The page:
Clare Peake in her studioTrace, Marker, Record, Line

Clare Peake by Anna Dunnill

Clare Peake describes the process of mapping as both a record of the past, and a potential for the future. Her practice is concerned with the point in between, the point at which the past becomes the future, how that occurs, and why. With elegant, considered work that moves between drawing and sculpture, Clare has emerged as a clear and resonant voice in Perth’s artistic conversation.

Clare is represented by Venn Gallery, where she held a solo exhibition last year, Comprehension of the Farthest Points. She has also exhibited at the Perth Institute of Contemporary Arts, the Art Gallery of Western Australia (where her 2011 work Rumours of Strange is held in the state collection), and at Lawrence Wilson Gallery where she was part of Here&Now12. Most recently, she exhibited at Adelaide’s Hugo Michell Gallery in WIN/WIN, curated by Richard Lewer, with fellow Perth artists Teelah George and Shannon Lyons.

Clare’s installation for WIN/WIN, titled Dust, consists of one drawing and a group of small floor sculptures. Using leftover materials and unfinished studio works, her sensitive, poised constructions investigate the process of developing ideas, looking back at significant moments in art history and culture, pinpointing shifts in focus and perspective. As Clare explains, “ …[it also] became about the frustration of trying to make new work and come up with new ideas; and how [to] mark a point of progression, or some moment of progress.”

The process of erasure and remaking, deconstruction and rebuilding, is significant in Clare’s practice. The works in her 2013 solo exhibition were made from old visual diaries, pulped and reshaped into vessels and forms, and pressed into paper for drawings. She describes her graphite drawing in WIN/WIN as having been, “…drawn and erased, drawn and erased, drawn and erased…a trace, a marker, a record of something.”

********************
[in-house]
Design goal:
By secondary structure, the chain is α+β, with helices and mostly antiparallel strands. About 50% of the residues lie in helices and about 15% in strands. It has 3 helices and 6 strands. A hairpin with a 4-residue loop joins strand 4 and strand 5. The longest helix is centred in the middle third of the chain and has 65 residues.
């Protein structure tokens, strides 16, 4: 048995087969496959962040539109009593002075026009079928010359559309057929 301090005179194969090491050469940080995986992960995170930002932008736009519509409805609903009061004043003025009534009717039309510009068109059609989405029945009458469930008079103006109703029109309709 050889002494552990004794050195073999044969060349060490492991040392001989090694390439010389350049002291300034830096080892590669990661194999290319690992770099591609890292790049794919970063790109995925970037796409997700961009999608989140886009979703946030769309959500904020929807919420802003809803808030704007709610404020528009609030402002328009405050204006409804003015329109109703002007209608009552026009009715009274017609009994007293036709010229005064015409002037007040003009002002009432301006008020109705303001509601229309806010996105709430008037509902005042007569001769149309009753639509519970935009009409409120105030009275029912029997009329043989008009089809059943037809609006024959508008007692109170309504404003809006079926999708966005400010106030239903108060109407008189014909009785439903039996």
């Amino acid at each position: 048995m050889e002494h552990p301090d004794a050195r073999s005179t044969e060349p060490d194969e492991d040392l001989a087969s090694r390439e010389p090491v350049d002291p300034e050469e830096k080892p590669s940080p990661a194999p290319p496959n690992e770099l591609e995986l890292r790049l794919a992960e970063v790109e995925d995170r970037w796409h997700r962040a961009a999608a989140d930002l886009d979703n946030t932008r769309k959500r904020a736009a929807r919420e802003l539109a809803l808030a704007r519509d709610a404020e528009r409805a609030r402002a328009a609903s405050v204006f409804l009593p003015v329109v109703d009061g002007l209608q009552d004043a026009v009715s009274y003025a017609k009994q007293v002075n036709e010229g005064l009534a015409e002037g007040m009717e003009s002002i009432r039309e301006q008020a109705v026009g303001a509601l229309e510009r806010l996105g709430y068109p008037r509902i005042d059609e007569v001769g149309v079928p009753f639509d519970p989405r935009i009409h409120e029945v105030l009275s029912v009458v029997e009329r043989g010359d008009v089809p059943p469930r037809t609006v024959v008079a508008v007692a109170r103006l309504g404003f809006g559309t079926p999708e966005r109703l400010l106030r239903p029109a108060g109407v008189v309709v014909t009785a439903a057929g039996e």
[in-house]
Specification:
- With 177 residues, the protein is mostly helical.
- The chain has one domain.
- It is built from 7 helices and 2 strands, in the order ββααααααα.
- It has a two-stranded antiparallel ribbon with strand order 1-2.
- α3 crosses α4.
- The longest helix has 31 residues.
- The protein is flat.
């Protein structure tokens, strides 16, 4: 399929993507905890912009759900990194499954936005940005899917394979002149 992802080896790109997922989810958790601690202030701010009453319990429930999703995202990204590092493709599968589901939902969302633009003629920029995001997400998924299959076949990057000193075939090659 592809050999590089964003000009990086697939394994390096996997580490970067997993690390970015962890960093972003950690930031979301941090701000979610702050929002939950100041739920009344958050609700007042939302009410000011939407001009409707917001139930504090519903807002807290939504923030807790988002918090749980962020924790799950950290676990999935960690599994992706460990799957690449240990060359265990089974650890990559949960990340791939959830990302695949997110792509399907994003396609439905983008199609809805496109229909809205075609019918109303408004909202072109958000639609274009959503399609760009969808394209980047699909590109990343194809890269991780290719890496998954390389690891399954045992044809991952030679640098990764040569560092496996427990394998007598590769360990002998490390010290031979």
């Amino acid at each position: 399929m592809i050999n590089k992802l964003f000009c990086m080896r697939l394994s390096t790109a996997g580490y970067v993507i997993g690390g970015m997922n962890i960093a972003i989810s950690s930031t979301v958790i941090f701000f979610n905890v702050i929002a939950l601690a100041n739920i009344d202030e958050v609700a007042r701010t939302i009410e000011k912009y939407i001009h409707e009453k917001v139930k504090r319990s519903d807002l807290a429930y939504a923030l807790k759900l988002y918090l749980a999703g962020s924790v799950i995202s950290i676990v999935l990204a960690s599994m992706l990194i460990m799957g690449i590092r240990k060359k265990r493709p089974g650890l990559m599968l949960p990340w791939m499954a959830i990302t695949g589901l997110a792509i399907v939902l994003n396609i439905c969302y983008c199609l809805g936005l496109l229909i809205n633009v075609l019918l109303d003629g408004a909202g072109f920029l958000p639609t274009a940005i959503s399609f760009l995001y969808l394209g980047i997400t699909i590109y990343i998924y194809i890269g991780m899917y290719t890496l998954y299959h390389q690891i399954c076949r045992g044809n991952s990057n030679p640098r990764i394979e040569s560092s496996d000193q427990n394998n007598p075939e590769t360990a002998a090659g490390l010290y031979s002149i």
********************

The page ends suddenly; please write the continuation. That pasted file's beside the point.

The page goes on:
Clare Peake, Dust, 2014. Studio remnants, dimensions variable. Image: Eva FernandezThere is a constant back and forth between past and future.

Sometimes resembling rock formations or geometry, sometimes a scattering of graphite dust, Clare’s drawings are ambiguous in scale, “…not necessarily a micro or macro image – it’s something in between, or could be either.” The same applies to her installations. Whether using clay or glass, papier-mâché or metal, Clare’s sculptures are generally small, reflecting the size and impact of her own body and hands, but multiplied, scattered across a surface, each contributing to the meaning of the next, like words in a poem. Her clusters of objects hum in conversation with one another.
“I like this idea that you can’t use things singularly,” she says. “Nothing exists in isolation so you get a span of things, or multiple sources of information coming together.”

Tracing histories, pushing towards the future, Clare Peake’s practice encompasses her idea of progress being a series of things, rather than one specific magic moment. Indeed, progress is evidently fluid, reversible and metamorphic: a drawing can become a sculpture, a mark can be a speck of dust or a distant point on the horizon. In terms of her own progress, the next marker for Clare is the Venn Summer Show followed by a lot of time in the studio to pursue new ideas, new horizons.


Anna Dunnill is an artist and writer from Perth.

The article featured in the Artsource Newsletter, Summer 2014/15